BG unveils £12bn expansion plan to offset North Sea gas decline

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BG Group has unveiled aggressive production targets and a £12bn investment programme, as it smashed City profit forecasts for last year.

The company's shares shot by 9 per cent to 675p, as it lifted the full-year dividend by 57 per cent. Net profits for 2005 jumped by 64 per cent to £1.4bn, benefiting from booming prices, as the fourth quarter turned out to be much stronger than analysts expected. Without the price gains, profit growth would have been 17 per cent.

BG announced that it would be investing £4.8bn over the 2007-2009 period on new and existing projects. Investment in 2010-2012 is expected to be at least £6bn-£7bn.

BG is targeting production growth of between 6 and 10 per cent between now and 2012, which is well above of rivals. Its LNG business will grow by 28 per cent a year up to 2009. The projects involved include further development of the Karachaganak field in Kazakhstan, Bongkot South in Thailand and OK LNG in Nigeria.

Last year the company produced 504,000 barrels of oil equivalent a day, which will be boosted to 600,000 boepd this year.

"We have a distinctive strategy and portfolio, a 10-year record of delivery and plans to sustain our growth," Mr Chapman said.

BG said that the UK will be importing nearly 80 per cent of its gas within a decade. The company has a 16 per cent in the Interconnector pipe that brings gas from Continental Europe to the UK. The working of the Interconnector is under investigation by the European Commission, after it emerged that it was running at 60 to 75 per cent of capacity, despite gas shortages in the UK.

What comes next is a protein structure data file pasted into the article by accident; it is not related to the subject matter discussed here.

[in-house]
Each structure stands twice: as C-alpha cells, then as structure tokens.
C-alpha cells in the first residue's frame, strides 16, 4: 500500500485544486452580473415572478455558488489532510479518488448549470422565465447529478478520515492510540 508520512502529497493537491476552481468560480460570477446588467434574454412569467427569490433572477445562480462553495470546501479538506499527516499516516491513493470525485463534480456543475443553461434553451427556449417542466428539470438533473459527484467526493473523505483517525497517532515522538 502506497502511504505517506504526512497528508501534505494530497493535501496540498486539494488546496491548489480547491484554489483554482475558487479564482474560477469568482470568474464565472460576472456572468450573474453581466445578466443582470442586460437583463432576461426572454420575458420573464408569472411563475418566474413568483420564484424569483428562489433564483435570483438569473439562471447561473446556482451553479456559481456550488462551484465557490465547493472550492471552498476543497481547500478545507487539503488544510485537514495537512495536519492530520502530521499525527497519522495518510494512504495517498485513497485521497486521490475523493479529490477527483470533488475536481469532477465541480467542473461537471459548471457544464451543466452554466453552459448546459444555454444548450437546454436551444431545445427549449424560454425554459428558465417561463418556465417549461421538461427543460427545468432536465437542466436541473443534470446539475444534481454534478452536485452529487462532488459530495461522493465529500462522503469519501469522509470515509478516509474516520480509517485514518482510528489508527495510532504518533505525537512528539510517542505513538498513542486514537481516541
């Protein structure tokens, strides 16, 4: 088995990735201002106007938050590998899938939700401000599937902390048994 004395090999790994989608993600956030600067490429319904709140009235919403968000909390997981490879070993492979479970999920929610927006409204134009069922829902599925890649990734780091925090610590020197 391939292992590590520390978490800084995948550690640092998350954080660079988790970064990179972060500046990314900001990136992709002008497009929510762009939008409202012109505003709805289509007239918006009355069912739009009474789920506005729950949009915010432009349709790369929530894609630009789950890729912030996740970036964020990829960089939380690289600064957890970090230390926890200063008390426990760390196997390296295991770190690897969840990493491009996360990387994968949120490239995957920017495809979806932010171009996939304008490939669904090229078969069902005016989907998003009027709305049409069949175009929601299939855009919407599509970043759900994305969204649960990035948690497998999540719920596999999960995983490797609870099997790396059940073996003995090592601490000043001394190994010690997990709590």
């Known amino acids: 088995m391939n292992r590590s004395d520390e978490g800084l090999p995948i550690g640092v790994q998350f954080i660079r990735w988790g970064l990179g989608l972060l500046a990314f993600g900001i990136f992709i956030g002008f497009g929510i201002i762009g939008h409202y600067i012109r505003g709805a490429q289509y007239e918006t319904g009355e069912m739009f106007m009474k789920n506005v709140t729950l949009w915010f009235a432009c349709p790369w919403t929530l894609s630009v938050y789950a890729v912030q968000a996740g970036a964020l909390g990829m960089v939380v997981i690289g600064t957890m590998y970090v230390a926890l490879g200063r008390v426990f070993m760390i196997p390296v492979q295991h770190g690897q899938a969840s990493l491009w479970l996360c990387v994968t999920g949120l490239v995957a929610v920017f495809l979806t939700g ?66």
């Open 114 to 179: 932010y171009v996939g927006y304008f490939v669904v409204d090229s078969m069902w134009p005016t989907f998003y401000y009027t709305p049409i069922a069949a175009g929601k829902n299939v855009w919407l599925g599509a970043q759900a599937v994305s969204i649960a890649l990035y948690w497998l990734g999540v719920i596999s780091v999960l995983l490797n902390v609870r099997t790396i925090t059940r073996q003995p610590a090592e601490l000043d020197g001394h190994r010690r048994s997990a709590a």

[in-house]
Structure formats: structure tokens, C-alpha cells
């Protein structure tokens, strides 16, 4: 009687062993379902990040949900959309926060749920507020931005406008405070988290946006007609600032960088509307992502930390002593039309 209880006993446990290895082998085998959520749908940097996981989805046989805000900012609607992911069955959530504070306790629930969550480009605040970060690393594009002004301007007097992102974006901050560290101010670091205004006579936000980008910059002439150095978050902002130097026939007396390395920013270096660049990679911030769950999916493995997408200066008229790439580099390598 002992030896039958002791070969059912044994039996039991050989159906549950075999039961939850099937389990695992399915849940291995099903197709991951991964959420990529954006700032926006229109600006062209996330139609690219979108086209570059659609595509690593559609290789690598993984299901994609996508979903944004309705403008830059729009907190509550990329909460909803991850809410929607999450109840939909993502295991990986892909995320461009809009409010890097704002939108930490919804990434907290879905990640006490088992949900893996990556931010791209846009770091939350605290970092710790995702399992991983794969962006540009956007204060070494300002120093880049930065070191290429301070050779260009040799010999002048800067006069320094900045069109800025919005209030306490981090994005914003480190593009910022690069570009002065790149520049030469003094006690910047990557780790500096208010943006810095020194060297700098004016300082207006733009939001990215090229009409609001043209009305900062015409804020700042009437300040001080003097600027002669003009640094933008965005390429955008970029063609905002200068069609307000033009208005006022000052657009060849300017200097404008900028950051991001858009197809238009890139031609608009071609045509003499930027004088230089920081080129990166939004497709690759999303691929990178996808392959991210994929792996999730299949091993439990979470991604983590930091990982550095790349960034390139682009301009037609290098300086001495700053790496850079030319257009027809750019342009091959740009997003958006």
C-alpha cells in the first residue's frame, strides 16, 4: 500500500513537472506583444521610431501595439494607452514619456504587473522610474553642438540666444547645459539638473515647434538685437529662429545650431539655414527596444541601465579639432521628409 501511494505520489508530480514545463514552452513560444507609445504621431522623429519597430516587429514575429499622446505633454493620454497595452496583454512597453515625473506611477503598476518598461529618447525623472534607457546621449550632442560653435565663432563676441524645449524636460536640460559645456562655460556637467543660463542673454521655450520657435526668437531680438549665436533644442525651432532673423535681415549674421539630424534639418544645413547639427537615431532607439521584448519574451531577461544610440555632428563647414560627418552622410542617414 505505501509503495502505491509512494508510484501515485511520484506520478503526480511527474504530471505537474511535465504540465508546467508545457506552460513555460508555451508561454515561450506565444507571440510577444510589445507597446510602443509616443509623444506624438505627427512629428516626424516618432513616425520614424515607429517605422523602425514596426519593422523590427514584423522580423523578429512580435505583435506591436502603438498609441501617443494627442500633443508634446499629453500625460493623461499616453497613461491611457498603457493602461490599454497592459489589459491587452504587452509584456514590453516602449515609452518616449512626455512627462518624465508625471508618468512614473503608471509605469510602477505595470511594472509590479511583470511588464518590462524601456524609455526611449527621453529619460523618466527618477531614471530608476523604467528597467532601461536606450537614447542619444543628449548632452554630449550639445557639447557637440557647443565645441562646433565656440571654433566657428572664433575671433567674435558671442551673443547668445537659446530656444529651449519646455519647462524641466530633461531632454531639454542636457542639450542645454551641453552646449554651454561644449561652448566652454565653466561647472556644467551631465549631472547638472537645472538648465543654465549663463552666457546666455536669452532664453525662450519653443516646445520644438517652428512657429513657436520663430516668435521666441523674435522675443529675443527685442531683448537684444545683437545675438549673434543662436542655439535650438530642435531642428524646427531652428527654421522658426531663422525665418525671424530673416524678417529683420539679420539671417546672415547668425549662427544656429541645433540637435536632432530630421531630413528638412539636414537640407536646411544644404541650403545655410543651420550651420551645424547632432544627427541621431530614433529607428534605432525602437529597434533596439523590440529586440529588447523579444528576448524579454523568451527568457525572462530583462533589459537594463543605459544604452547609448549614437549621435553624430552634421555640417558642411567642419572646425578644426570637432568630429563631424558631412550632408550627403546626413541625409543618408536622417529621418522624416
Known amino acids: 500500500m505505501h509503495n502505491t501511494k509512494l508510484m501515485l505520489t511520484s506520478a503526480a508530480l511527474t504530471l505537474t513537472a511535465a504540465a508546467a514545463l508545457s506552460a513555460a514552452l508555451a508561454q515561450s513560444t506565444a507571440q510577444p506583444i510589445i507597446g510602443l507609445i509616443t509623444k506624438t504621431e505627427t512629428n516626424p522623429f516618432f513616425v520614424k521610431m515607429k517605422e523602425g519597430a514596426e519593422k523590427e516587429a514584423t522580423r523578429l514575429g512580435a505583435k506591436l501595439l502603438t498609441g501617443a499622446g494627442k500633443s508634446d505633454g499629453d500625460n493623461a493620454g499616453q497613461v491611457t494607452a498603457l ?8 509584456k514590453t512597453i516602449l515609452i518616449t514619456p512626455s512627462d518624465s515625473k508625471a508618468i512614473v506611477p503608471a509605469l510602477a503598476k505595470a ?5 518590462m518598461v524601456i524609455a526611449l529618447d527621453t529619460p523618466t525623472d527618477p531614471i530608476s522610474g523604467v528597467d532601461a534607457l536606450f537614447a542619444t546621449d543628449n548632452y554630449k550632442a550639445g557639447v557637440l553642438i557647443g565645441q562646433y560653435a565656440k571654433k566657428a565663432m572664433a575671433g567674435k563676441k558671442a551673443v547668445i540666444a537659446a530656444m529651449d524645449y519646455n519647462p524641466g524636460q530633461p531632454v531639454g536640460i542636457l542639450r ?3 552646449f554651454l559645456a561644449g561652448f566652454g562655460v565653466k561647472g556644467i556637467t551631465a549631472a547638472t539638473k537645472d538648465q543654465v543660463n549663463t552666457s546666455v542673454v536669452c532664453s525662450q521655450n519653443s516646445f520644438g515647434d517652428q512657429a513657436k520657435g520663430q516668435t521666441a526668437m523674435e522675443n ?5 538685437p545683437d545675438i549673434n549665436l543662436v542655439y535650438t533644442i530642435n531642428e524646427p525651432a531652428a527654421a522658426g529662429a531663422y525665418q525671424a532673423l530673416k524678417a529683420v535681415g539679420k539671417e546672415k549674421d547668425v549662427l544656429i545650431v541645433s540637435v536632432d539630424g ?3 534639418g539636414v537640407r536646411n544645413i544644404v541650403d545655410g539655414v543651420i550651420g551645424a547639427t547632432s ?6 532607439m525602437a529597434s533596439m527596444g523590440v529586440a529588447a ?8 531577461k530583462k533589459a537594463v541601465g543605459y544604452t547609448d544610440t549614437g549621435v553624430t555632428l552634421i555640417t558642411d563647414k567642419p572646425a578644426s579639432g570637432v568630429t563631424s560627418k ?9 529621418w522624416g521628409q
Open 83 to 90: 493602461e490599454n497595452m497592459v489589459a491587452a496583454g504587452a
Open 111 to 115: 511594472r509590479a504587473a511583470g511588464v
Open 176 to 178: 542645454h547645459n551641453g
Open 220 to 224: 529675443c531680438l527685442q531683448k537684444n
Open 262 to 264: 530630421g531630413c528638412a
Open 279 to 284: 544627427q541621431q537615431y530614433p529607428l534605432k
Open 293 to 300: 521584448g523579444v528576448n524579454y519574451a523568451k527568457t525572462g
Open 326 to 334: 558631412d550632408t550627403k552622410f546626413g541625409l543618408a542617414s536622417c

Mr Chapman stated "loudly and clearly" that BG's capacity on the Interconnector has been fully used over the winter.

The company said that by 2015, the UK would be importing around 100 billion cubic metres of gas a year, out of a total predicted consumption of some 130 bcm. Frank Chapman, the chief executive, said however that business would respond by providing the additional gas from other parts of the world.

"It is very clear that the market is working. Higher price signals will mean investment in more pipelines, offshore facilities, exploration and LNG [liquefied natural gas]," Mr Chapman said.

Declining production from the North Sea has meant that Britain has become a net importer of gas. However, North Sea operators were hit by additional taxes in the Pre-Budget Report at the end of last year, which, for instance, will cost BG at extra £70m in 2006.

Scottish Power's energy prices set to rise

Scottish Power has became the latest domestic gas and electricity supplier to announce that it will be putting up prices.

From 1 March, its gas prices will jump by 15 per cent and electricity prices will rise by 8 per cent. Scottish Power has now raised their gas prices by 51 per cent since 2003 and its gas prices are now the highest in Britain, according to consumer group Energywatch.

That means an average gas bill from Scottish Power is now more than £500. In recent days, there have been unconfirmed reports that British Gas is about to put through a 25 per cent increase in bills.